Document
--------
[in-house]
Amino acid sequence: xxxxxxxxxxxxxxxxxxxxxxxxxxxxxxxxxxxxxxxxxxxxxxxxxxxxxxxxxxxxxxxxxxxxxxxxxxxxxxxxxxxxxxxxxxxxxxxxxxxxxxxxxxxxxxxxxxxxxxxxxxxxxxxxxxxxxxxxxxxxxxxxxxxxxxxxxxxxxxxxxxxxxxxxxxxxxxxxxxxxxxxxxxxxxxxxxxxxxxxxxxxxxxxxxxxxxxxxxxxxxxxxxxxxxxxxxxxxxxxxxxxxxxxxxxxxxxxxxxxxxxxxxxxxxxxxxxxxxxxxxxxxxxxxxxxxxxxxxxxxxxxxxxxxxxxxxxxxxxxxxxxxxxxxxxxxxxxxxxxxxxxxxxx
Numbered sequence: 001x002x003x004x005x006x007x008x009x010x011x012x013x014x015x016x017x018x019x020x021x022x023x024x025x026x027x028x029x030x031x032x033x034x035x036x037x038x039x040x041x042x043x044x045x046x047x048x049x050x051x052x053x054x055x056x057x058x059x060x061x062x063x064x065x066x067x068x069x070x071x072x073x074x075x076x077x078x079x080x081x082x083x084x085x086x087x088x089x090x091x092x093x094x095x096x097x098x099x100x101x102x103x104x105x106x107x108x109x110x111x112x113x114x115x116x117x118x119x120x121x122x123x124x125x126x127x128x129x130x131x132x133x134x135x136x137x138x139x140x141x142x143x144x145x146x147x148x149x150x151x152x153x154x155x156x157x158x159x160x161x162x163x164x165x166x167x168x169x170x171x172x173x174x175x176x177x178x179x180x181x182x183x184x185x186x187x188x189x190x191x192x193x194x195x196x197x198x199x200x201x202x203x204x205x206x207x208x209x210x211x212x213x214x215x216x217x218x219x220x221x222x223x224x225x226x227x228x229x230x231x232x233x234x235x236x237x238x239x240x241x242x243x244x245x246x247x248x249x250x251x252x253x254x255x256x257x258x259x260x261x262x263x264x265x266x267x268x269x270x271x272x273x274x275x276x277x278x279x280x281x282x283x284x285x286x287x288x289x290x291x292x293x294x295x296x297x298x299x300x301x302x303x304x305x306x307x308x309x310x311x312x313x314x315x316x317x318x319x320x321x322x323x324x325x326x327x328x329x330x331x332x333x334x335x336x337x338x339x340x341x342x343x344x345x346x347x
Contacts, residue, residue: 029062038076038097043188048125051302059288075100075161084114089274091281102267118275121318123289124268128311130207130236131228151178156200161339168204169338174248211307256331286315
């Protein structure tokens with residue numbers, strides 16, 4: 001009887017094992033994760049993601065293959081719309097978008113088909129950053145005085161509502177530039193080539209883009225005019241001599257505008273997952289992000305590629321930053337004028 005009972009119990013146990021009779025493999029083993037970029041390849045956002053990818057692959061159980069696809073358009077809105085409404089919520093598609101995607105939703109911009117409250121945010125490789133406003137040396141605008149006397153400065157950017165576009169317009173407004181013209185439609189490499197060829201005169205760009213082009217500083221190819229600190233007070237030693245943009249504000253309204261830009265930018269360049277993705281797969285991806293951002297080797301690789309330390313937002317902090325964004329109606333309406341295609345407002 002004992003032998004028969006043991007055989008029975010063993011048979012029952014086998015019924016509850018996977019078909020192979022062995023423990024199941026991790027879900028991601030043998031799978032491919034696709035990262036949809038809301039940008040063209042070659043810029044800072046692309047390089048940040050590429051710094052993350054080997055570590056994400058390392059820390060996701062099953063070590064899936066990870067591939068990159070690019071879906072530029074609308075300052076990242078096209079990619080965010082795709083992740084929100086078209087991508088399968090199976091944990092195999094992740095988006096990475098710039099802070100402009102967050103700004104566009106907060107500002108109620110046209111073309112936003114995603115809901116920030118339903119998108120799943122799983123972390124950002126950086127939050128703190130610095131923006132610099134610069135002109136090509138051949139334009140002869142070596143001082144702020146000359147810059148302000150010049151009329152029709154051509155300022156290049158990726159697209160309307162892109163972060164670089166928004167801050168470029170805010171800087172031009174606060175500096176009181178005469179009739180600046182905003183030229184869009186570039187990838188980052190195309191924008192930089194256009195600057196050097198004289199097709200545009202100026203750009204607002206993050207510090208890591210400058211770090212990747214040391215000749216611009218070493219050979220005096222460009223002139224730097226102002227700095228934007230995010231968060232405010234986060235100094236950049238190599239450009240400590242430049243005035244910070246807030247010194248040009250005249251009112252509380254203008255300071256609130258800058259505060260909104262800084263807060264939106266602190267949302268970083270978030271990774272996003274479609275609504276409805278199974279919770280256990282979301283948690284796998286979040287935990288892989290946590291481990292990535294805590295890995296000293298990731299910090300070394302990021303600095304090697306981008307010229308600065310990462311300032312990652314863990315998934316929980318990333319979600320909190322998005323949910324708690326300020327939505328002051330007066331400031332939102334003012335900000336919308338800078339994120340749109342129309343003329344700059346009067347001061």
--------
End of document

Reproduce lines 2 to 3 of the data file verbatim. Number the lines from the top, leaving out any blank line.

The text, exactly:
Amino acid sequence: xxxxxxxxxxxxxxxxxxxxxxxxxxxxxxxxxxxxxxxxxxxxxxxxxxxxxxxxxxxxxxxxxxxxxxxxxxxxxxxxxxxxxxxxxxxxxxxxxxxxxxxxxxxxxxxxxxxxxxxxxxxxxxxxxxxxxxxxxxxxxxxxxxxxxxxxxxxxxxxxxxxxxxxxxxxxxxxxxxxxxxxxxxxxxxxxxxxxxxxxxxxxxxxxxxxxxxxxxxxxxxxxxxxxxxxxxxxxxxxxxxxxxxxxxxxxxxxxxxxxxxxxxxxxxxxxxxxxxxxxxxxxxxxxxxxxxxxxxxxxxxxxxxxxxxxxxxxxxxxxxxxxxxxxxxxxxxxxxxxxxxxxxxx
Numbered sequence: 001x002x003x004x005x006x007x008x009x010x011x012x013x014x015x016x017x018x019x020x021x022x023x024x025x026x027x028x029x030x031x032x033x034x035x036x037x038x039x040x041x042x043x044x045x046x047x048x049x050x051x052x053x054x055x056x057x058x059x060x061x062x063x064x065x066x067x068x069x070x071x072x073x074x075x076x077x078x079x080x081x082x083x084x085x086x087x088x089x090x091x092x093x094x095x096x097x098x099x100x101x102x103x104x105x106x107x108x109x110x111x112x113x114x115x116x117x118x119x120x121x122x123x124x125x126x127x128x129x130x131x132x133x134x135x136x137x138x139x140x141x142x143x144x145x146x147x148x149x150x151x152x153x154x155x156x157x158x159x160x161x162x163x164x165x166x167x168x169x170x171x172x173x174x175x176x177x178x179x180x181x182x183x184x185x186x187x188x189x190x191x192x193x194x195x196x197x198x199x200x201x202x203x204x205x206x207x208x209x210x211x212x213x214x215x216x217x218x219x220x221x222x223x224x225x226x227x228x229x230x231x232x233x234x235x236x237x238x239x240x241x242x243x244x245x246x247x248x249x250x251x252x253x254x255x256x257x258x259x260x261x262x263x264x265x266x267x268x269x270x271x272x273x274x275x276x277x278x279x280x281x282x283x284x285x286x287x288x289x290x291x292x293x294x295x296x297x298x299x300x301x302x303x304x305x306x307x308x309x310x311x312x313x314x315x316x317x318x319x320x321x322x323x324x325x326x327x328x329x330x331x332x333x334x335x336x337x338x339x340x341x342x343x344x345x346x347x